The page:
Dealing with Decline
By Del Stover
In normal times, the campus of Byron Elementary School bustles with activity on Monday mornings. Yellow school buses pull up to the curb and drop off children. Adults shepherd students to the school entrance. The air echoes with the throb of diesel engines, the greetings of teachers, and the excited chatter of youngsters. But these aren’t normal times.
Faced with a nearly $800,000 cut in state funding, Peach County, Ga., school officials decided last fall to switch to a four-day school week. These days, Byron Elementary lies silent on Mondays, its front door locked, its hallways dark, and its classrooms empty.
“A week before our teachers were supposed to report back to work, the governor did a conference call with all 180 school superintendents in the state and told us he was going to cut our budgets,” says Susan Clark, superintendent of the 4,200-student district. “There were only two things we could do in a district this size that would result in any significant savings: either go to a four-day week ... or lay off all of our music, art, and PE teachers.”
Bad economic times are nothing new to public education. But in the midst of the worst downturn since the Great Depression, shrinking state budgets and declining property tax revenues have cost K-12 education billions of dollars in the past two years -- leaving school leaders with a host of tough decisions. Kansas City officials voted in March to close almost half of the district’s schools. In Los Angeles, officials have sent out layoff notices to 5,200 employees. The Vallejo, Calif., school system has raised K-3 class sizes from 20 students to 28, with talk of larger class sizes to come.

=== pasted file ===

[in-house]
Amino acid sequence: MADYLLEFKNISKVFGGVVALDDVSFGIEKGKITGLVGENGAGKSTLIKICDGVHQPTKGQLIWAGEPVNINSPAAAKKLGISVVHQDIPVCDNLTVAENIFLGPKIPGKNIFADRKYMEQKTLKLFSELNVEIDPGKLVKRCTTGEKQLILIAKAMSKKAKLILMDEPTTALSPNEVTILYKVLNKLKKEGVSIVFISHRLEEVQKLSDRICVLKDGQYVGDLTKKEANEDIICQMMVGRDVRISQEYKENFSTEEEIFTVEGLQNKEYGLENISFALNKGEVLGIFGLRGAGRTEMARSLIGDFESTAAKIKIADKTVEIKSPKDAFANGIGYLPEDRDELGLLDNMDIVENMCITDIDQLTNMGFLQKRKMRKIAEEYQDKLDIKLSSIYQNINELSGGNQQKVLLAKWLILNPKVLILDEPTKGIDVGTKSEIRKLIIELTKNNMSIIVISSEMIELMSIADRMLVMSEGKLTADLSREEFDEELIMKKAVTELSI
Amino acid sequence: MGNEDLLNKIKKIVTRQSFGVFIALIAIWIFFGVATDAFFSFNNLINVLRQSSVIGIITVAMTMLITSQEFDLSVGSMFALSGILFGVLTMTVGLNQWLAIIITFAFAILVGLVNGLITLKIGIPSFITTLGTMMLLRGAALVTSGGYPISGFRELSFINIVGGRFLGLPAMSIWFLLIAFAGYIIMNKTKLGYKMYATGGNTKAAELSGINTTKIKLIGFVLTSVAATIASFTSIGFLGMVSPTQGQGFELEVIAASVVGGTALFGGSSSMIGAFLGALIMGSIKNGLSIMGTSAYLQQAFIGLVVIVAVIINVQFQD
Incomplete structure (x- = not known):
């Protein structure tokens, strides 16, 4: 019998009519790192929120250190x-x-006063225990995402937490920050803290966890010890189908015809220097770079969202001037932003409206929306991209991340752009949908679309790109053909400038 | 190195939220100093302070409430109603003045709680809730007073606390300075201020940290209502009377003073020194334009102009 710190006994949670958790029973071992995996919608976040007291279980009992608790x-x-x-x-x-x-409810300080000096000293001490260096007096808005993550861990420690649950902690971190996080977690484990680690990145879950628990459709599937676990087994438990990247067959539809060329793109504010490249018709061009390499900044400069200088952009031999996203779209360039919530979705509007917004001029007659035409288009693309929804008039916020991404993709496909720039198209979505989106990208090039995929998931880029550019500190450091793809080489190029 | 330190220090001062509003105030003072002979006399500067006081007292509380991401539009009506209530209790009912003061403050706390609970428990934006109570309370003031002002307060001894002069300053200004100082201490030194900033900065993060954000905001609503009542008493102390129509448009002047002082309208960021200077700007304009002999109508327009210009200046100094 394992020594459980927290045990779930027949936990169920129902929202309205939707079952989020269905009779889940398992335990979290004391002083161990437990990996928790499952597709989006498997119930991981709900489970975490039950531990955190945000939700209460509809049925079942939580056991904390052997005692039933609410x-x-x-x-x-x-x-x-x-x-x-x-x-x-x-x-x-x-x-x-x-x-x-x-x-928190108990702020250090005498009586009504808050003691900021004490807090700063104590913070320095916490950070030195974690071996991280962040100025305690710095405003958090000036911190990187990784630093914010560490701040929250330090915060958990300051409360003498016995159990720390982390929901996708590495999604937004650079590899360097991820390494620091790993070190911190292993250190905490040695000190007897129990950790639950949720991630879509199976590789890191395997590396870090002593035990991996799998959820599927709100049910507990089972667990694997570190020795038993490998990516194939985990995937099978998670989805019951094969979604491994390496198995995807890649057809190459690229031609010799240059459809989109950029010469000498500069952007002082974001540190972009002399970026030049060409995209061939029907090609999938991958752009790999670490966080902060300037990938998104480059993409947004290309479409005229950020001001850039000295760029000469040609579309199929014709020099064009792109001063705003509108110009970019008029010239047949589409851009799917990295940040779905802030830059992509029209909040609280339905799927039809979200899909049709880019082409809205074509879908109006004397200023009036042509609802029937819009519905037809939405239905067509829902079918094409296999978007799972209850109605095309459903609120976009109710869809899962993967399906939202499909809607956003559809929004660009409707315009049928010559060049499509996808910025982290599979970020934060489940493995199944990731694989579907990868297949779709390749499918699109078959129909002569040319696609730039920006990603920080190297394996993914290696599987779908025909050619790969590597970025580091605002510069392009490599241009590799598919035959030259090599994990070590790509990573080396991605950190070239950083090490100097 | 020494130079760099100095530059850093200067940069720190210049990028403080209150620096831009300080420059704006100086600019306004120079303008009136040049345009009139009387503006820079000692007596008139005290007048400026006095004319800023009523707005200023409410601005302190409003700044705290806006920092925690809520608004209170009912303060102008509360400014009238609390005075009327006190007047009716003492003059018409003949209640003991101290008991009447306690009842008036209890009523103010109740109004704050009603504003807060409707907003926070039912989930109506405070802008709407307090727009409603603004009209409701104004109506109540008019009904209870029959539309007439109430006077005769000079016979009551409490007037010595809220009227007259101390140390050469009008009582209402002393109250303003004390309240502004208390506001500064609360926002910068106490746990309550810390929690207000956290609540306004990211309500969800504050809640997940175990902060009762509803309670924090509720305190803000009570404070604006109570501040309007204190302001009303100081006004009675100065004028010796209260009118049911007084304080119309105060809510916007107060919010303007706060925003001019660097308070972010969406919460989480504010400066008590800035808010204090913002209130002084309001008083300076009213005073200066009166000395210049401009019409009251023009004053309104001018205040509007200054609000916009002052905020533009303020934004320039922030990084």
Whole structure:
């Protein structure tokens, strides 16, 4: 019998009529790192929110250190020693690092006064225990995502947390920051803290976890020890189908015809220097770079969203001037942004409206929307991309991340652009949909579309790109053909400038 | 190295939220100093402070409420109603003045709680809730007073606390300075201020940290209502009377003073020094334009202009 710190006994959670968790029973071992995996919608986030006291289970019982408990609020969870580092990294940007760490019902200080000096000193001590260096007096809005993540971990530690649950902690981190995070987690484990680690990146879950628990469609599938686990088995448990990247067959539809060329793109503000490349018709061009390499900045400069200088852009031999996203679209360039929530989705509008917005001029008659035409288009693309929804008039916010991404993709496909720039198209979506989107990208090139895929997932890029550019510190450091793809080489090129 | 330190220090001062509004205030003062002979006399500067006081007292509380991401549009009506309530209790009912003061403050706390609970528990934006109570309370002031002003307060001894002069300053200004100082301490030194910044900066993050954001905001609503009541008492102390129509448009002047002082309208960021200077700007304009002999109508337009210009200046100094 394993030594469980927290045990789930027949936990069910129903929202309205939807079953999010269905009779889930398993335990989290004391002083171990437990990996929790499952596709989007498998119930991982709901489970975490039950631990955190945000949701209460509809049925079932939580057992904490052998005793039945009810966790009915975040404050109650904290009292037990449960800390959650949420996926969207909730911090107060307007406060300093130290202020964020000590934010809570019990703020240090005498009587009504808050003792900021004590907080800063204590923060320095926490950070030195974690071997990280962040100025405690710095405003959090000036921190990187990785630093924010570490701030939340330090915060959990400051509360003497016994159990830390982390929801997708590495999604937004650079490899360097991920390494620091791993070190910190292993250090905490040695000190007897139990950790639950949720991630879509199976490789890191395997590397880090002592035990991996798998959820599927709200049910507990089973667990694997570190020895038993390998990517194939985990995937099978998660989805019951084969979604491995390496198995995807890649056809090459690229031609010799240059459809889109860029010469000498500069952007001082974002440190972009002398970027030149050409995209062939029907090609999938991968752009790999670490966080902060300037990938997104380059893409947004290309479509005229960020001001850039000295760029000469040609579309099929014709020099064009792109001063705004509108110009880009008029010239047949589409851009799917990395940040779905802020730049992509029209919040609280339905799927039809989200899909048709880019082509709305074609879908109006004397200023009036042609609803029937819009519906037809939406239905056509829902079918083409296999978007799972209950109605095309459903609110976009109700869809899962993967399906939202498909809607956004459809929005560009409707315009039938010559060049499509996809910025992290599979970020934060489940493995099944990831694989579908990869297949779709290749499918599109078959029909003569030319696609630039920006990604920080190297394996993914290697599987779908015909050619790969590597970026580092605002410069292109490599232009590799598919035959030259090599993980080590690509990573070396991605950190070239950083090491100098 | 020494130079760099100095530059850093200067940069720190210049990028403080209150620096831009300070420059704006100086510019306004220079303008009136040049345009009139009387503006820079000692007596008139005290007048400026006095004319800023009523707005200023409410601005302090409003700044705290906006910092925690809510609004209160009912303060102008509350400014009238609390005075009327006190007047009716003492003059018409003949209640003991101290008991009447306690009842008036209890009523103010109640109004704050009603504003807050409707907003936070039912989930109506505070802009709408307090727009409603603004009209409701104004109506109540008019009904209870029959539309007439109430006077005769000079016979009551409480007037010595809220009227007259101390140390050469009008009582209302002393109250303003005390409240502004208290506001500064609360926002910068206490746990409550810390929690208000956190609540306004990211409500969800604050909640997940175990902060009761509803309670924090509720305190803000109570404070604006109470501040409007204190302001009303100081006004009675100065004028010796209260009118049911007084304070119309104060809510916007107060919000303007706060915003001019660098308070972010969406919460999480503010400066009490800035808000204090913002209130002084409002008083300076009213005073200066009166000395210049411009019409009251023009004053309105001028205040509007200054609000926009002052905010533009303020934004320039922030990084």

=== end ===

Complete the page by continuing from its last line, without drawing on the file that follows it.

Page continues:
With more than 10 million Americans out of work, economists predict an anemic and slow recovery, suggesting school finances won’t improve soon. For fiscal 2010-11, reports the Center on Budget and Policy Priorities, 42 states are looking at a combined budget shortfall of $103 billion -- or 17 percent of their budgets. “These totals are likely to grow as revenues continue to deteriorate, and many well exceed $180 billion,” the report said.
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